If I understand the current idea, it will be a combination of keyword search corrolated with IP addresses (mostly looking at terrorist sponsor nations, public libraries, internet cafes, etc. - favorite points of terrorists in cyberspace) that would look at those services keeping logs, as well as real-time scanning for the keywords (and likely arabic key words, symbols, etc.)



posted on Oct, 14 2004 @ 07:53 PM
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You guys are kidding me right? Do you know who owns ICANN? LOL this has got to be the silliest thread I have ever seen! Surveillance? HAHAHA! You are already being monitored! HAHAHA! No seriously YES YOU ARE HAHAHAHA!

Anyway military groups have been working on forums for years just as browsers and conversation. Nothing new. You think NSA doesn't monitor the net? C'mon don''t be so dumb lol. Get yourself a read on NSA. With the patriot act all large email companies must operate under a patriot friendly mail system where emails are monitored by keywords which of course flag emails they are looking for. Forums are spidered monkeys :/



posted on Nov, 29 2004 @ 04:10 PM
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I knew chat rooms were being monitored, but now there confirmation that the CIA will doing some of the monitoring.

more on the initial story in this thread:
Secu rity officials to spy on chat rooms

my problem with this chat room monitoring, if "keywords" are going to be the trigger, is that it doesn't account for "foreign languages"
Will the monitors be able to catch stuff spoken in different languages???
I don't think Al-Qaeda will be discussing their plans in English while in chat rooms. So is this new monitoring really for terrorism or for something more sinister??

btw from the article, looks like the CIA may not be participating in the future or is this just what they want us to believe.




[edit on 11-29-2004 by worldwatcher]



posted on Nov, 29 2004 @ 05:25 PM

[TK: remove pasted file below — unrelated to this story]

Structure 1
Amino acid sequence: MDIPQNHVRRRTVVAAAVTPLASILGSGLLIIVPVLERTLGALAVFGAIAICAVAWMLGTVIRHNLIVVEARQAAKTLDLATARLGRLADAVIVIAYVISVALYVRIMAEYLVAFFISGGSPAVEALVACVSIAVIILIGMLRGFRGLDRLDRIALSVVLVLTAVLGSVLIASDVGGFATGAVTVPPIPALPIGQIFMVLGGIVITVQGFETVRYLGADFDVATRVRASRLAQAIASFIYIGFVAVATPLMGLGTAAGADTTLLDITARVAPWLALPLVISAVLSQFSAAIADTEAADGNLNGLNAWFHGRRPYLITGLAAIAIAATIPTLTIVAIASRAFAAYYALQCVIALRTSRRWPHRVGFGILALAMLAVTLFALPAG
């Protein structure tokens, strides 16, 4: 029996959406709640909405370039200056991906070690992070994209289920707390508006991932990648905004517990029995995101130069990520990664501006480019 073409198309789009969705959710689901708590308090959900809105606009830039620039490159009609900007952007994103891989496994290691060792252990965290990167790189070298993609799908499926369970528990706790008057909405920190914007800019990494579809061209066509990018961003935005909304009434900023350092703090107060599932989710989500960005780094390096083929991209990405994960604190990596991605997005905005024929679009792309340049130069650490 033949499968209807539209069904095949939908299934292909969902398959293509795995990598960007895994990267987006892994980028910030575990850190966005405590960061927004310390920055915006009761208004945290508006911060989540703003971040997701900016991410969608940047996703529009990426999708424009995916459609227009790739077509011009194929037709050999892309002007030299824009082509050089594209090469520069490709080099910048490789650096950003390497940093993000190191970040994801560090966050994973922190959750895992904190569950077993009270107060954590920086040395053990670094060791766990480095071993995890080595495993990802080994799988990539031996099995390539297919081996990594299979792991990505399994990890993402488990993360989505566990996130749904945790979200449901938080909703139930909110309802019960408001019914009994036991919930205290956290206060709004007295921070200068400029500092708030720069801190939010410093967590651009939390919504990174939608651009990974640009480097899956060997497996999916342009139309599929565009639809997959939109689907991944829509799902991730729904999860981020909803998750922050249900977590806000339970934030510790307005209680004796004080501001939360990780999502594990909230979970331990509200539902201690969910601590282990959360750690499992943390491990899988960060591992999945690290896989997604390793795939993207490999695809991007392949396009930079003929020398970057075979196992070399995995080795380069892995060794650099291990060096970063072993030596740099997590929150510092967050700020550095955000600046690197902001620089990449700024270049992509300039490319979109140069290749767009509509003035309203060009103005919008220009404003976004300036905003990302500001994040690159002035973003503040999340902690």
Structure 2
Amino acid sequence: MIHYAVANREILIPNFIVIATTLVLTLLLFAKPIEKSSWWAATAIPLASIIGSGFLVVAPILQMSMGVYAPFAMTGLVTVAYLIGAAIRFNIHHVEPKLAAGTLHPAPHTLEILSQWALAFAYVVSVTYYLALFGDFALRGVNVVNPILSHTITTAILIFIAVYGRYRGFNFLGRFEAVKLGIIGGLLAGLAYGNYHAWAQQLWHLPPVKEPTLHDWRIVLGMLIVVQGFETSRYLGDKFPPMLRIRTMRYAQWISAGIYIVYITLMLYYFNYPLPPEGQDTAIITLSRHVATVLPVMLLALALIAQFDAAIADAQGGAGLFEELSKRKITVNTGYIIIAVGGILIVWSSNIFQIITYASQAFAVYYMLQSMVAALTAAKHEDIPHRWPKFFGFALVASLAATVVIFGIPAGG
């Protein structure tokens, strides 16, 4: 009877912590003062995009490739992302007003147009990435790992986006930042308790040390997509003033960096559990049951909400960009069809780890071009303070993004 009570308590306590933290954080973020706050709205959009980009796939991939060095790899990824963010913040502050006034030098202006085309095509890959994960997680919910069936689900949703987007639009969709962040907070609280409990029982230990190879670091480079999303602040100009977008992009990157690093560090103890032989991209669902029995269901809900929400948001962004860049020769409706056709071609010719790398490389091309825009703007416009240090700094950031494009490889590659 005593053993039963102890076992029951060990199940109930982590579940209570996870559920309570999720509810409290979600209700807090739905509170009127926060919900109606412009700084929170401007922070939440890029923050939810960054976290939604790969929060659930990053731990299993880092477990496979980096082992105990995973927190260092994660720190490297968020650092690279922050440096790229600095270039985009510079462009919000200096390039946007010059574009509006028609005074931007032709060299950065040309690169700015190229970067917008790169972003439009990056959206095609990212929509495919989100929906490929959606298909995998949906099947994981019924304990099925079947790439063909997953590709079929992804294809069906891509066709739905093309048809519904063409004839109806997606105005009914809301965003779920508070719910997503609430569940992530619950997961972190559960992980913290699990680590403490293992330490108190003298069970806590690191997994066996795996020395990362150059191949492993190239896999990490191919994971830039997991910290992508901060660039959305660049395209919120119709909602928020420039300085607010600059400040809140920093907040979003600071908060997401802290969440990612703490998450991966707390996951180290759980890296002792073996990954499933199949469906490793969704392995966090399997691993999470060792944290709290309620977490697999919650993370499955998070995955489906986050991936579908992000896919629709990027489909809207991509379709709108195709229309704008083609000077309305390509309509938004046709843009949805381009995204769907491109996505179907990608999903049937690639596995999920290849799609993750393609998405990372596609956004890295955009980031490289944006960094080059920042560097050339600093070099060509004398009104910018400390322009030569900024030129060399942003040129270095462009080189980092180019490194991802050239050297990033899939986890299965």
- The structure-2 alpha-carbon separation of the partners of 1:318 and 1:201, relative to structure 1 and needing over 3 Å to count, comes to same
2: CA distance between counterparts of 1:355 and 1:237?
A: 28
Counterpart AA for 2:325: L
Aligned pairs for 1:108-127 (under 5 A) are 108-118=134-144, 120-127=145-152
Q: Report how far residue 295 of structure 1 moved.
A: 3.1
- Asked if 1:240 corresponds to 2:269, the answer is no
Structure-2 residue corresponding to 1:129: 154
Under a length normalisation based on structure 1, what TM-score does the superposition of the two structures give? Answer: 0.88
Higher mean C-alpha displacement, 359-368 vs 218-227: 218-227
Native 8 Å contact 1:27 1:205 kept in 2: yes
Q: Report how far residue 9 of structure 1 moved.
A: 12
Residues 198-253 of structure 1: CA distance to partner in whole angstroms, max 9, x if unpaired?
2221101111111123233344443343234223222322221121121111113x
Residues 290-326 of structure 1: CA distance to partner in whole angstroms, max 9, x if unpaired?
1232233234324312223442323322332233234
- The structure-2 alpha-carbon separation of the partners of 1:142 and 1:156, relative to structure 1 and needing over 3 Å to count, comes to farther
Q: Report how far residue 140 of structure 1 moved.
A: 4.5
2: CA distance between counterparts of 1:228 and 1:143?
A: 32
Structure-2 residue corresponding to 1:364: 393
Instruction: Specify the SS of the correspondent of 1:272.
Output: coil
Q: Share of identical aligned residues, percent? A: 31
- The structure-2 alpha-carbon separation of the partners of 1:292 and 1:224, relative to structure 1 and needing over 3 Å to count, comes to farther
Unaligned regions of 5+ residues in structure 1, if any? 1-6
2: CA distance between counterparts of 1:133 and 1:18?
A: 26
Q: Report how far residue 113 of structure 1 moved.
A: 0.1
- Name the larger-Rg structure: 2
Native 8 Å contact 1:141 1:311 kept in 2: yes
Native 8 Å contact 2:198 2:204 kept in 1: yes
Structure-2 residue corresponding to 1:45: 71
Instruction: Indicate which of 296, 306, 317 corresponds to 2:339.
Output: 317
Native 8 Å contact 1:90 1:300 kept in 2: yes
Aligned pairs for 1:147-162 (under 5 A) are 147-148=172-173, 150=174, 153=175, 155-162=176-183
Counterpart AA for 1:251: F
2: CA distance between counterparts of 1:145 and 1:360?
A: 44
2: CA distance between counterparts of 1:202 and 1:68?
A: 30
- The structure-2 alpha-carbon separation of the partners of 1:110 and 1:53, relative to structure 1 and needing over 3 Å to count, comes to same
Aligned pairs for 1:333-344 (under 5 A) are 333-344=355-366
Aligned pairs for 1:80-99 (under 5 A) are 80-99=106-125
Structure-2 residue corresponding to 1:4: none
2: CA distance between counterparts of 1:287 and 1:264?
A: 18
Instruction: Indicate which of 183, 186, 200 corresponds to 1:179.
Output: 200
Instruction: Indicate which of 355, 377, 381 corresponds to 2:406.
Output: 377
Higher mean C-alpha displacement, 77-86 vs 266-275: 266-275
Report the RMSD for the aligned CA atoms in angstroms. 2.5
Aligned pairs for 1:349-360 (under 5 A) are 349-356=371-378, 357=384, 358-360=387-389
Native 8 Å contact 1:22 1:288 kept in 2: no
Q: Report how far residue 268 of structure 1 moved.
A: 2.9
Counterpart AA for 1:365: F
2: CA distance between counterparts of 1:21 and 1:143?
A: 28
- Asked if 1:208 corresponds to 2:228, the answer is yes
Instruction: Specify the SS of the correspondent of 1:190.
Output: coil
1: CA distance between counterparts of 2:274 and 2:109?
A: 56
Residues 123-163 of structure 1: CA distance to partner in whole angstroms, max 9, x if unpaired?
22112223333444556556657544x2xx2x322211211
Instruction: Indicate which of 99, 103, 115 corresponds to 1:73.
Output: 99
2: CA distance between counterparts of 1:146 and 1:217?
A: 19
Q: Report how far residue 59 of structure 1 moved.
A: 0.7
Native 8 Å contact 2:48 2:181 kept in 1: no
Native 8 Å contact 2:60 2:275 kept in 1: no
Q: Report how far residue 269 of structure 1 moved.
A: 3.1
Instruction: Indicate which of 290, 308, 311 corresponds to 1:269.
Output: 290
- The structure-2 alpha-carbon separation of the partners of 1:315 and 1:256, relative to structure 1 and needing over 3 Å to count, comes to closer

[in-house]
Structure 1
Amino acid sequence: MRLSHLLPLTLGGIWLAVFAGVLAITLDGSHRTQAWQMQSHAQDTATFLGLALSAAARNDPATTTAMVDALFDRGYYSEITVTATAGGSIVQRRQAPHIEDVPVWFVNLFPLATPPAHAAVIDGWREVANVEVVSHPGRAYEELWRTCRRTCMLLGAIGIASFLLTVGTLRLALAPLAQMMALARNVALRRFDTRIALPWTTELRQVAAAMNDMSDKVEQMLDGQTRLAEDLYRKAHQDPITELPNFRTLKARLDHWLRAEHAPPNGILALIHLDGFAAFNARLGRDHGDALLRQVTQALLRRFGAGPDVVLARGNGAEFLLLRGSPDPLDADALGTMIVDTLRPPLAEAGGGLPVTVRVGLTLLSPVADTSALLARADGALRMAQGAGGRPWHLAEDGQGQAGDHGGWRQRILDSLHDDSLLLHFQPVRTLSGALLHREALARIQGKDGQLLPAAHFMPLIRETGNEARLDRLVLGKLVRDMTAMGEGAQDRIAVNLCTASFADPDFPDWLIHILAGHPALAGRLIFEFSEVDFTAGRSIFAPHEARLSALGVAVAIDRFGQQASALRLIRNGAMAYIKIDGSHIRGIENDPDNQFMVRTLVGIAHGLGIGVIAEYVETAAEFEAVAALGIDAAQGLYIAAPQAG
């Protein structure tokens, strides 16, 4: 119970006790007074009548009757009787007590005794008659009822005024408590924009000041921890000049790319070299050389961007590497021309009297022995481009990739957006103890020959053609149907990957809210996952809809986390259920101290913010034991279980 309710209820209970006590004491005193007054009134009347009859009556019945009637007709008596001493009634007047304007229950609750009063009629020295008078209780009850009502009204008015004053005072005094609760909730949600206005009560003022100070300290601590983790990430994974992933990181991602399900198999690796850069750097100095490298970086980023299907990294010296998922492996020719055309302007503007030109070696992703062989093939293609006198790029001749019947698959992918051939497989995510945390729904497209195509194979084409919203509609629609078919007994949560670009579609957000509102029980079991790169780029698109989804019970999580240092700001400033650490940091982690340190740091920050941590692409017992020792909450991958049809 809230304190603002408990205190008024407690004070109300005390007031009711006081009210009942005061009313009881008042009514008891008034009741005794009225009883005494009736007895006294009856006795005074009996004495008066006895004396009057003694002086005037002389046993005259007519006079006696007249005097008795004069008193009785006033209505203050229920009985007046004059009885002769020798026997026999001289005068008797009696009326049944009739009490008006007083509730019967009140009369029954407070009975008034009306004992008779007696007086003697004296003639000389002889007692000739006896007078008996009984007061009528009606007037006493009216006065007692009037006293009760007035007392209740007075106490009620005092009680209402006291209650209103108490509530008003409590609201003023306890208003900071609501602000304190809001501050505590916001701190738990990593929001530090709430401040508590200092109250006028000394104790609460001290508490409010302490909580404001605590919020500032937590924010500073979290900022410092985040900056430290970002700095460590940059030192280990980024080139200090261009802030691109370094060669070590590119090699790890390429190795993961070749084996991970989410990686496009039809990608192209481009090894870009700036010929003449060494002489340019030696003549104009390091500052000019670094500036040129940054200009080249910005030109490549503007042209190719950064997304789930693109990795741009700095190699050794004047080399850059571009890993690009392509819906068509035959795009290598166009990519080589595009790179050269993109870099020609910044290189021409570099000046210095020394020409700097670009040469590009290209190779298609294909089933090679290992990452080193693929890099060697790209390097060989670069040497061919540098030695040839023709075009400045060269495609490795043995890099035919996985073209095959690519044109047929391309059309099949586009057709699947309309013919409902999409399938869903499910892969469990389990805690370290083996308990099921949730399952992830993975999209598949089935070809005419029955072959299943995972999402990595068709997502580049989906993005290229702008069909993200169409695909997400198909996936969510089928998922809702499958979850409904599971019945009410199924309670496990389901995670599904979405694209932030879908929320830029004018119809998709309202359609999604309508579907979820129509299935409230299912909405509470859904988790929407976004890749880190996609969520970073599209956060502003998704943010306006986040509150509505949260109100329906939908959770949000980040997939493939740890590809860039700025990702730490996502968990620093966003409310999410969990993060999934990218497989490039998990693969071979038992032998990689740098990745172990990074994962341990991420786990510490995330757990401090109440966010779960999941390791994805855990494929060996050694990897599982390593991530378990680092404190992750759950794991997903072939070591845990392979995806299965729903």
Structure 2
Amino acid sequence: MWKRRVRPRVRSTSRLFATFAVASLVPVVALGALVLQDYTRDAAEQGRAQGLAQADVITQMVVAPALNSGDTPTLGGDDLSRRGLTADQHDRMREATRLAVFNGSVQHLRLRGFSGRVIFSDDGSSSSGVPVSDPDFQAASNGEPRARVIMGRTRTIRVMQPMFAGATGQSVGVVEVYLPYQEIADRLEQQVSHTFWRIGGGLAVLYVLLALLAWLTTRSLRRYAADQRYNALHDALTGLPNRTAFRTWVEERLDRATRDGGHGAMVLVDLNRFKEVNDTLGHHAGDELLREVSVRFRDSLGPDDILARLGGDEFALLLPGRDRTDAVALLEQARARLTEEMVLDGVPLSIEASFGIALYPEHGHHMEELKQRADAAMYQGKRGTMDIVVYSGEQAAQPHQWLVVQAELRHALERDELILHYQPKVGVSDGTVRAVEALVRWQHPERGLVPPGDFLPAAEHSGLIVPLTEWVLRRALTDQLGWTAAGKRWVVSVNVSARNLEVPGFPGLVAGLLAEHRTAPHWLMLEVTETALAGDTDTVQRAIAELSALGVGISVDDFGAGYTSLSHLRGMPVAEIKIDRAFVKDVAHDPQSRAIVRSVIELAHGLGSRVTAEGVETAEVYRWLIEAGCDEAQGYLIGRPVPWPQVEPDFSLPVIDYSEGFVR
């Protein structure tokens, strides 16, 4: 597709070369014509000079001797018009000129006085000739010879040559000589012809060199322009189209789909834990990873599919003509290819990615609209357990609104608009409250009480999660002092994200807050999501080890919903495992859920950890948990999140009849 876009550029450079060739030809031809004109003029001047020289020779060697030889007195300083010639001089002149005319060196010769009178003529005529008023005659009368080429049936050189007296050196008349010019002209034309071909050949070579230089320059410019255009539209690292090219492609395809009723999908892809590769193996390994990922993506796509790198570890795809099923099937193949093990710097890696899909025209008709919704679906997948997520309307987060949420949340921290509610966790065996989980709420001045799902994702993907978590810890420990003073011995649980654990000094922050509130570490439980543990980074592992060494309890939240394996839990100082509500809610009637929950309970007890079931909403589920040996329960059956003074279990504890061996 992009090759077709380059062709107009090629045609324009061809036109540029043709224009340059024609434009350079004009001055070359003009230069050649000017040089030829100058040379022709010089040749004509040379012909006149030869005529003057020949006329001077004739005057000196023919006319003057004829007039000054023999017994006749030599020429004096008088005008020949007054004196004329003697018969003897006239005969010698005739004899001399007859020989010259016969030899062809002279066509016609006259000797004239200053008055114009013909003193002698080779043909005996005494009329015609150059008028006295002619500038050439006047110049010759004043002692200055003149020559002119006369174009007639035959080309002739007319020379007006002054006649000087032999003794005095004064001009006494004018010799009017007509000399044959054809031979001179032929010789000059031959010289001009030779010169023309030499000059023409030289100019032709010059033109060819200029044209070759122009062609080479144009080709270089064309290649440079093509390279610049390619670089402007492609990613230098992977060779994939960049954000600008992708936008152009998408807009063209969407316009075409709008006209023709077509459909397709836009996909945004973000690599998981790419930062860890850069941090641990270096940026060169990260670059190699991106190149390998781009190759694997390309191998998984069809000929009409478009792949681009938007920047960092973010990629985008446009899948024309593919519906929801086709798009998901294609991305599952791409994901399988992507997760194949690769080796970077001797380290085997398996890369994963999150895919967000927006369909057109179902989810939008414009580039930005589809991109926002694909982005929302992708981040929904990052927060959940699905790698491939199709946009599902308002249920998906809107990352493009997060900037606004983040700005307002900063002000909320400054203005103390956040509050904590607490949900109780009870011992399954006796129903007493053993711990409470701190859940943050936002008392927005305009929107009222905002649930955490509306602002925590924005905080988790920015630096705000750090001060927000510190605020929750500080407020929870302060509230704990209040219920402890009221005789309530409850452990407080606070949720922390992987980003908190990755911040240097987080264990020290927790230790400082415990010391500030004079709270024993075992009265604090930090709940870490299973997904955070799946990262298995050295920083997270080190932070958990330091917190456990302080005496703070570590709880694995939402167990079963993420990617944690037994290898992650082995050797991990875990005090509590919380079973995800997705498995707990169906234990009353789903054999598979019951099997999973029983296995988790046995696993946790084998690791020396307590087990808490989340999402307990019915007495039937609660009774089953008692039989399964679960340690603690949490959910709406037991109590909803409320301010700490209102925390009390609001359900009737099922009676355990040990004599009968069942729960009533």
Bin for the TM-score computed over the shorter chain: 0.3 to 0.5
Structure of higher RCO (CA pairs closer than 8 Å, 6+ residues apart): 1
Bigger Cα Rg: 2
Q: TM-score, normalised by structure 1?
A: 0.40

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Originally posted by worldwatcher
my problem with this chat room monitoring, if "keywords" are going to be the trigger, is that it doesn't account for "foreign languages"
Will the monitors be able to catch stuff spoken in different languages???
I don't think Al-Qaeda will be discussing their plans in English while in chat rooms. So is this new monitoring really for terrorism or for something more sinister?


Contrary to what some of ATS users think CIA people aren't that dumb.

World I am guessing since the 9-11 attacks, CIA has those languages in their search/keyword feature.

Afterall what good is it, if they only look for English?

Surf



posted on Nov, 29 2004 @ 06:20 PM
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One thought! "1984"


Be careful what you say in chat or you might find some men in a black unmarked van, coming to take you away for "RE-Neducation" !!



posted on Nov, 30 2004 @ 12:37 PM
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Quote Jemison: "Becuse the chat rooms they are focusing on are public authorities are not violating rites to privacy."

Do you think these people respect privacy? although its written in the laws?

I dont.

greetings!




posted on Nov, 30 2004 @ 02:18 PM
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i can understand it to protect children from the paedophiles
but when the goverment spys on you thats a different matter right?

the government spys on me?

of course they do its all a method of control and will not be controled i know i might be in danger of looking senile but just wait

things will happen in america that will change the world people will be enslaved
i bet any americans who are reading this hav'nt even read the constitution (just to let you know i live in the uk)

we sort of are already enslaved if you wanted to go off and live in the woods living a simple life you could'nt you would still have taxes to pay.

And thus finilizing my point we are running out of rights this is the next step world wide access to you privacy

anyone with me or am i just being paranoid



posted on Nov, 30 2004 @ 02:37 PM
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dont think so that you paranoid ..the goverment(s) do what they want, with or without permission.
Most people confound "paranoid" with "attentive"


Its a healthy paranoia, lol



posted on Oct, 7 2008 @ 02:46 PM
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A few years back the aol conspiracy room chat listed the name you posted under and as I recall a least one of the users has had their chat room name mentioned on the history channel and I remember that very one. So does that lend at least some truth to the matter? Also the military contractors web sites were posted in there and that was before Black Water was answering in the 2,4,7 national news reports. Thank You ICE350203.